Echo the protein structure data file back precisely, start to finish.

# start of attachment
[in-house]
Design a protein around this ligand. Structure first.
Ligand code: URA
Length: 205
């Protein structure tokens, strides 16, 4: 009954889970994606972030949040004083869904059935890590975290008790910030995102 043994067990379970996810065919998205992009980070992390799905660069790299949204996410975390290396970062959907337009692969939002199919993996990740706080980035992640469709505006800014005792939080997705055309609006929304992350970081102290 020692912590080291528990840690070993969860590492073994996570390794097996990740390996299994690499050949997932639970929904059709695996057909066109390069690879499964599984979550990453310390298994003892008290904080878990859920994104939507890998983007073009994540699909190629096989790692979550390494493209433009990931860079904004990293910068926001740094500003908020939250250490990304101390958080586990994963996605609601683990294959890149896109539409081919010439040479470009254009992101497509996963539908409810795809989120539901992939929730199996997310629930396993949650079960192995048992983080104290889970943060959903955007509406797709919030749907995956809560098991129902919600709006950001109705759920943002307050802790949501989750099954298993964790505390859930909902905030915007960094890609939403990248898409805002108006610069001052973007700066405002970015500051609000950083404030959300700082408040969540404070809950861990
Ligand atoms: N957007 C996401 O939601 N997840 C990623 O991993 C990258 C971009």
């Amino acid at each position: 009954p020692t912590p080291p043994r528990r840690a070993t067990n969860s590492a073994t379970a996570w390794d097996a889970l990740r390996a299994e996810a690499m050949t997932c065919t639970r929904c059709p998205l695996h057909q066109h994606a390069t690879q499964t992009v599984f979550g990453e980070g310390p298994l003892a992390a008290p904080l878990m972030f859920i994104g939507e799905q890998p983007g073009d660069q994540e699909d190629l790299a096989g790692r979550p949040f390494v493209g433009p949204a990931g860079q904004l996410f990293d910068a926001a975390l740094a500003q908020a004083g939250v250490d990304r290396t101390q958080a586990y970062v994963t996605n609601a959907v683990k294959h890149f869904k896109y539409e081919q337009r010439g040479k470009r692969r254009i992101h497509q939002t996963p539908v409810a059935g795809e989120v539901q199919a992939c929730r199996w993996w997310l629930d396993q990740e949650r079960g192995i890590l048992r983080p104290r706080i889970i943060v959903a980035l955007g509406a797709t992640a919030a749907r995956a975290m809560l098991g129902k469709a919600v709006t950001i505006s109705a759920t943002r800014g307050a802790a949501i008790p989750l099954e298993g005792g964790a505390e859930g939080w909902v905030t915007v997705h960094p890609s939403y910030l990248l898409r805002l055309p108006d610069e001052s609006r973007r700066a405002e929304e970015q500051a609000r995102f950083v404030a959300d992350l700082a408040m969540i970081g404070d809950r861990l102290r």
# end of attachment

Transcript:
[in-house]
Design a protein around this ligand. Structure first.
Ligand code: URA
Length: 205
């Protein structure tokens, strides 16, 4: 009954889970994606972030949040004083869904059935890590975290008790910030995102 043994067990379970996810065919998205992009980070992390799905660069790299949204996410975390290396970062959907337009692969939002199919993996990740706080980035992640469709505006800014005792939080997705055309609006929304992350970081102290 020692912590080291528990840690070993969860590492073994996570390794097996990740390996299994690499050949997932639970929904059709695996057909066109390069690879499964599984979550990453310390298994003892008290904080878990859920994104939507890998983007073009994540699909190629096989790692979550390494493209433009990931860079904004990293910068926001740094500003908020939250250490990304101390958080586990994963996605609601683990294959890149896109539409081919010439040479470009254009992101497509996963539908409810795809989120539901992939929730199996997310629930396993949650079960192995048992983080104290889970943060959903955007509406797709919030749907995956809560098991129902919600709006950001109705759920943002307050802790949501989750099954298993964790505390859930909902905030915007960094890609939403990248898409805002108006610069001052973007700066405002970015500051609000950083404030959300700082408040969540404070809950861990
Ligand atoms: N957007 C996401 O939601 N997840 C990623 O991993 C990258 C971009």
């Amino acid at each position: 009954p020692t912590p080291p043994r528990r840690a070993t067990n969860s590492a073994t379970a996570w390794d097996a889970l990740r390996a299994e996810a690499m050949t997932c065919t639970r929904c059709p998205l695996h057909q066109h994606a390069t690879q499964t992009v599984f979550g990453e980070g310390p298994l003892a992390a008290p904080l878990m972030f859920i994104g939507e799905q890998p983007g073009d660069q994540e699909d190629l790299a096989g790692r979550p949040f390494v493209g433009p949204a990931g860079q904004l996410f990293d910068a926001a975390l740094a500003q908020a004083g939250v250490d990304r290396t101390q958080a586990y970062v994963t996605n609601a959907v683990k294959h890149f869904k896109y539409e081919q337009r010439g040479k470009r692969r254009i992101h497509q939002t996963p539908v409810a059935g795809e989120v539901q199919a992939c929730r199996w993996w997310l629930d396993q990740e949650r079960g192995i890590l048992r983080p104290r706080i889970i943060v959903a980035l955007g509406a797709t992640a919030a749907r995956a975290m809560l098991g129902k469709a919600v709006t950001i505006s109705a759920t943002r800014g307050a802790a949501i008790p989750l099954e298993g005792g964790a505390e859930g939080w909902v905030t915007v997705h960094p890609s939403y910030l990248l898409r805002l055309p108006d610069e001052s609006r973007r700066a405002e929304e970015q500051a609000r995102f950083v404030a959300d992350l700082a408040m969540i970081g404070d809950r861990l102290r």